Sometimes when technology meets fashion, the results can be awkward.
Google Glass, Google’s foray into the consumer optical head mounted display market, is worn like a pair of glasses, making the wearer look like the offspring of Robo Cop and a spinster librarian. Which isn’t a bad thing, especially when compared to Tele-Eyeglasses.
The idea of this type of optical devise is older than you may think. Much older. In 1936, inventor, writer, futurist, Hugo Gernsback anticipated it. Gernsback was an ardent student and an early proponent of radio and foresaw its potential to broadcast images, not only sound. His vigorous embrace of technology and his imagination’s ability to squeeze every drop of potential out of it led to some amazing ideas, Tele-Eyeglasses being one of them. He recounts his idea in the March 1949 issue of Radio-Electronics Magazine.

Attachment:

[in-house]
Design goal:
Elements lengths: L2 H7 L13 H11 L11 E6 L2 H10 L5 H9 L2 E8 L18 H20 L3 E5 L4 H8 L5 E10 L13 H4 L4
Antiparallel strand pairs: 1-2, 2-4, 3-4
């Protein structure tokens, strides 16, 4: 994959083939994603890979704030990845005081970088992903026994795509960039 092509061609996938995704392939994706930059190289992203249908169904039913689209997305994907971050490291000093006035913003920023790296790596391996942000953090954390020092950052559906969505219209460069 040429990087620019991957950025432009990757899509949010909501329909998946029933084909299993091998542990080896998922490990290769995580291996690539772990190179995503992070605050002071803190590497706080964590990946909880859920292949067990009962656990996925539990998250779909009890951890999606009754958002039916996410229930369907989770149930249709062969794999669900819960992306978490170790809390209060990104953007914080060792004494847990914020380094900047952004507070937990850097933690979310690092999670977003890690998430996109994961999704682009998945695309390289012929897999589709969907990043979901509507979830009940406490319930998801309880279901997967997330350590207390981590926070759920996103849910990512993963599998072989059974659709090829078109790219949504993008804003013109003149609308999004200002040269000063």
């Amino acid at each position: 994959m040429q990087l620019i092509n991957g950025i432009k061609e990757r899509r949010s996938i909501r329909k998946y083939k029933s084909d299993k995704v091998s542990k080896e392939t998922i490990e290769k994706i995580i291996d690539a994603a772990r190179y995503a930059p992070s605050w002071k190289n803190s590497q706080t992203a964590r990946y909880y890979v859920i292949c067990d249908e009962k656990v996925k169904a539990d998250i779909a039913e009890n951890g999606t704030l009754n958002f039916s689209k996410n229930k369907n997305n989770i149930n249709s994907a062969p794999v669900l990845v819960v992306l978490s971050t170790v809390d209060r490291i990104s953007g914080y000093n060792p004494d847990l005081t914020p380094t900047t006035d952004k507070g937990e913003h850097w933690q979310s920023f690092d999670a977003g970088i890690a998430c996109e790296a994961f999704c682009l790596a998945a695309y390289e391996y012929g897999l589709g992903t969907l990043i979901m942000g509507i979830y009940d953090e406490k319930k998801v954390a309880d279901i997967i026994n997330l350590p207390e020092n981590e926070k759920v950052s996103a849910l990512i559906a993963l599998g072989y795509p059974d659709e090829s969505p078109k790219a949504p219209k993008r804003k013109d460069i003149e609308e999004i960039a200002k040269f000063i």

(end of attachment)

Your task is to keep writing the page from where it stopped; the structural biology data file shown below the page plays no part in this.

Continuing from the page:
Gernsback’s greatest legacy is his writing. The techno-fantasy world he envisioned was vividly described in his numerous books and short stories. So proficient was he in this genre that he is considered the Father of Science Fiction Writing. The Hugo Award, given each year for the best in Science Fiction Writing is named in his honor.
New technology also comes new vocabulary. In the case of Google Glass, Google had to decide what to call wearers of their devise. They chose to call them “Explorers.” Radio didn’t have this problem. People listened to a radio, so radio audiences were called listeners. Early television didn’t have it so easy. Should television audiences to be called telookers, tele seers, tele gazers or televiewers? All names proposed at the time. Televiewer was the name that stuck and was happily truncated to just viewer.
‘Spirit of Television’
The cover of this issue depicts a statuette designed by Gernsback – ‘The Spirit of Television.’ It’s a female figure floating above a cathode-ray tube supported only by flashes of electricity.